Who’s boss in city planning? Ottawa’s new Official Plan? Or the energy strategy document, community group asks
Community group files request for review with Municipal Affairs ministry
February 24, 2022
Community group Ottawa Wind Concerns has filed a comment on the city’s Official Plan with the Ministry of Municipal Affairs over concerns about where the document ranks in Ottawa’s planning structure.
“Our worry is that Ottawa’s expressed view that the Energy Evolution document and climate change plan overrides all policies and action means statements in the Official Plan could be subject to amendment at any time,” chairperson Jane Wilson wrote in the group’s submission, filed yesterday.
“What we have is an Official Plan that looks like an Official Plan, but it also appears to have a back door through which the City can make changes and take action by using another plan—one that did not go through any public engagement process.”
The intent of an Official Plan in Ontario is that it is the single document which outlines the direction for the city, Wilson says. In the case of the City of Ottawa, this direction may actually be subordinate to the Climate Change Strategy and the Energy Evolution document.
The community group comment referred to page 23 of Ottawa’s new Official Plan where the city asserts: “The policies of this [Official] Plan should be read as supportive of the Climate Change Master Plan.”
And, on page 26, the City states, “The Climate Change Master Plan and associated Energy Evolution and Climate Resiliency strategies provide the analysis and action plans for City-wide action.”
Ottawa Wind Concerns said the group is worried about how this affects policy on renewable power generation facilities, specifically large or industrial-scale wind turbines.
The Energy Evolution document calls for the possibility of hundreds of wind turbines in the city’s rural areas in a model of how Net Zero might be achieved, while the Official Plan makes statements about industrial-scale wind turbines not being permitted on valuable agricultural land.
“Essentially, it looks like the City is saying, its Energy Evolution document trumps everything. We’re saying, that’s not how a municipality is supposed to use an Official Plan.”
The contents of the Energy Evolution document, approved by Council in 2020 with no public input, are not widely known among Ottawa’s citizens.
There has been criticism from media and analysts who have read it.
Local media branded the strategy document “an expensive pipe dream,” with its $57B (estimated) price tag. Political commentator Randall Denley said the Energy Evolution report was “only the beginning,” and promoted “unachievable goals.”
“How high are they prepared to raise taxes,” he asked, “and what existing services will they cut to fund their quixotic effort to save the planet?”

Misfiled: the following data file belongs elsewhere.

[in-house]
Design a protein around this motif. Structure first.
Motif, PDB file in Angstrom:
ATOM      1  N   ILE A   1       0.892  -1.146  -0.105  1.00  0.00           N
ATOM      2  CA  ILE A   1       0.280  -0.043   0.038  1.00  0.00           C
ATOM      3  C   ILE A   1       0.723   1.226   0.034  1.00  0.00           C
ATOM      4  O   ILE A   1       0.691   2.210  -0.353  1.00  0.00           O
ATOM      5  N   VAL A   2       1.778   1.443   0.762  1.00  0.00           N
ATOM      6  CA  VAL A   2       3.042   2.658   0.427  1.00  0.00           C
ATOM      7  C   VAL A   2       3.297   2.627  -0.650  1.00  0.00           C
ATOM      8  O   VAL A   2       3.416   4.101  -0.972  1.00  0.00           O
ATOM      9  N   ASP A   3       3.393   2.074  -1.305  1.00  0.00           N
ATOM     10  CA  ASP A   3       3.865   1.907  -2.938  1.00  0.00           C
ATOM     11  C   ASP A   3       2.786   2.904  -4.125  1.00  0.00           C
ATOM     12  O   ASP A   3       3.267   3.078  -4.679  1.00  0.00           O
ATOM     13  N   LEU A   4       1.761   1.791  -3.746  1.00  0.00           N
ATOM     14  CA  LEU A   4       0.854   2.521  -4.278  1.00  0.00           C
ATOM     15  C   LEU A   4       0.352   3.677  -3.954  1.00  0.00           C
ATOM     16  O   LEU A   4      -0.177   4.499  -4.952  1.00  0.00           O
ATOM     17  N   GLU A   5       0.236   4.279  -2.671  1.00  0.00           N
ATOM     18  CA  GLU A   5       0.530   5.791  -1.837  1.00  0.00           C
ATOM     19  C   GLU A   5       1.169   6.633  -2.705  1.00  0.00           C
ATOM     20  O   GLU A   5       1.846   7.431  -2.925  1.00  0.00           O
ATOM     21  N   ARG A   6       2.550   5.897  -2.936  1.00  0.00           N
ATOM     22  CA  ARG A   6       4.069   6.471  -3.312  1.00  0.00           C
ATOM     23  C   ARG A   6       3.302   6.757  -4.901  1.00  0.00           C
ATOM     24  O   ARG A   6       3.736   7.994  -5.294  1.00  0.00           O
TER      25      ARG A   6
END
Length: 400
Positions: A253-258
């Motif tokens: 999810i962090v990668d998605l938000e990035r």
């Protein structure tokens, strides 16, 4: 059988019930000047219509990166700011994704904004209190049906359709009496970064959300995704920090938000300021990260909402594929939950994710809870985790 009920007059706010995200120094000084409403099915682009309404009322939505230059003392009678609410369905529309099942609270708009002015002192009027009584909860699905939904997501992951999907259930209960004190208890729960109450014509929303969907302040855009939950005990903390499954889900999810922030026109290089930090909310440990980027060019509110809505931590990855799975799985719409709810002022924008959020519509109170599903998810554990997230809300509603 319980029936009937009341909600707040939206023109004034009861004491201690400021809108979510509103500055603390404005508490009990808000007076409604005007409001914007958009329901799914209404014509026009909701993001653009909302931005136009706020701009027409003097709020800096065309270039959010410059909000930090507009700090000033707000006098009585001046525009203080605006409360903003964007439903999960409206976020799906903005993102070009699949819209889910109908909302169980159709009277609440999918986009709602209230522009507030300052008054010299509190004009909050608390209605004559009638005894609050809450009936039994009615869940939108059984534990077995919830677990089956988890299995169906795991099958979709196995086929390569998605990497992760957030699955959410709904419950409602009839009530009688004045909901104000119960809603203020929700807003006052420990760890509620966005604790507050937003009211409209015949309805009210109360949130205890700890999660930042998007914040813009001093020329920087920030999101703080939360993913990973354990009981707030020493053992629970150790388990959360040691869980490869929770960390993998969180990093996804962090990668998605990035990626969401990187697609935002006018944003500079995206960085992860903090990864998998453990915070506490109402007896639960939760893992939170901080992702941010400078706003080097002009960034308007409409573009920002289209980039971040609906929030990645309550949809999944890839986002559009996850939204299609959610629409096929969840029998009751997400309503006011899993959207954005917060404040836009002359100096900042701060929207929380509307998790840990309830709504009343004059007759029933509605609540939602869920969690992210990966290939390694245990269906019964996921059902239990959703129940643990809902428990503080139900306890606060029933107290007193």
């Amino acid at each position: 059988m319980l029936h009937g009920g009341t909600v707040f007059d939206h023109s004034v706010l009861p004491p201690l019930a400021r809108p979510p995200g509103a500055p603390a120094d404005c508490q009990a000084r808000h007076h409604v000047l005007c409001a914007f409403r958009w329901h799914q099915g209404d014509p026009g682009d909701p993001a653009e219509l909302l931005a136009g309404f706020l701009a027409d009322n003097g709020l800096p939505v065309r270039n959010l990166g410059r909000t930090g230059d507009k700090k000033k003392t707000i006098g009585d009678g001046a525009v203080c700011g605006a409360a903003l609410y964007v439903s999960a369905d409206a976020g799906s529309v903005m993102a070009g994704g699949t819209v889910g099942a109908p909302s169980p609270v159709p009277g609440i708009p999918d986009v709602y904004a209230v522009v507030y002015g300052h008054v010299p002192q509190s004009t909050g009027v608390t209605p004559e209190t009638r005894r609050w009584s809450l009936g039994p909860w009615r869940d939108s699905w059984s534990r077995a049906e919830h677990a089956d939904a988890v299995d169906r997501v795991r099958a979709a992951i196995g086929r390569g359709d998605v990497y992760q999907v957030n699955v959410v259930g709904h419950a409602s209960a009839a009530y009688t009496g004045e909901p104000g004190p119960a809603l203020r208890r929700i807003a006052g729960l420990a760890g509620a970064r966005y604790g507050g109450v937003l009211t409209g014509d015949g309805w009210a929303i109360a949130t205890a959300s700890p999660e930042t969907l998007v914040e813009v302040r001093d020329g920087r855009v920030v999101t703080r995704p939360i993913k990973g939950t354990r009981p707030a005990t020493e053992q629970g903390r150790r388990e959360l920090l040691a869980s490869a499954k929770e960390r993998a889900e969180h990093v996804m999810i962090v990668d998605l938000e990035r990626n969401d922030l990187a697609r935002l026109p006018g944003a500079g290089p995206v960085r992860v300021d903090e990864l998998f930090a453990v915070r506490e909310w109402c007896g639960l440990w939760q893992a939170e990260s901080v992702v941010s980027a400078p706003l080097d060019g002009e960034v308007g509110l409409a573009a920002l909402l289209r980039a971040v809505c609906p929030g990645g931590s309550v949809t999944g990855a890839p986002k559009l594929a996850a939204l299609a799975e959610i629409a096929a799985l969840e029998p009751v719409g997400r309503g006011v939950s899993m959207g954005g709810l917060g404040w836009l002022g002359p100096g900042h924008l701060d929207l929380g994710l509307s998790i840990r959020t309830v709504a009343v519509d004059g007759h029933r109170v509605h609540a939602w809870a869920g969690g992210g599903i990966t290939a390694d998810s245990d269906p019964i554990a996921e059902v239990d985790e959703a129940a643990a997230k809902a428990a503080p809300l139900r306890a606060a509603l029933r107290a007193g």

The City of Ottawa has a history of passing zoning amendments that result in public concern. For example, a zoning amendment was passed without the knowledge of even the local councillor for a large warehouse and truck depot in Barrhaven. That move caused newspaper columnist Kelly Egan to remark, “You know who doesn’t get what they want at city hall anymore? Ordinary people.”
Ordinary people in Ottawa’s rural communities sent emails and made telephone calls to councillors when the wind turbine model in Energy Evolution became known, and STOP THE OTTAWA WIND TURBINES signs went up from Kinburn to Navan, and south to North Gower and Manotick.
City councillors maintained that the Energy Evolution statements were just a “model” but the motion of wind power is present in many City documents and wind turbines are prominent in City banners and graphics. A recent submission to the Ontario Energy Board dated January 17th contained the whole Energy Evolution document, including the wind turbine model, as supporting evidence for the City’s objection to replacement of a natural gas pipeline.
“Everyone wants what’s best for the environment,” says Ottawa Wind Concerns Chair Wilson, “but the fact is, we should be making choices about what is shown to be effective and successful. Ontario is an example of how intermittent weather-dependent wind power doesn’t do anything for the environment, but it does have a huge impact on electricity bills and on communities. Giving the Energy Evolution strategy importance over the Official Plan means decisions can be made on what looks good, not what really is good.”
The community group has asked the Ministry of Municipal Affairs to look at both the Energy Evolution document and the draft Official Plan together, to make sure provincial directives are being followed.
Ottawa Wind Concerns filed its comment with the Ministry and was advised Thursday that the comments were accepted and reviewed, and will be posted publicly.
More analysis on the Energy Evolution document, coming soon.
Ontario definition of an Official Plan
An official plan describes your upper, lower or single tier municipal council or planning board’s policies on how land in your community should be used. It is prepared with input from your community and helps to ensure that future planning and development will meet the specific needs of your community.
An official plan deals mainly with issues such as:
where new housing, industry, offices and shops will be located
what services like roads, watermains, sewers, parks and schools will be needed
when, and in what order, parts of your community will grow
community improvement initiatives
Source: Government of Ontario: Citizen’s guide to land use planning: Official plans | Ontario.ca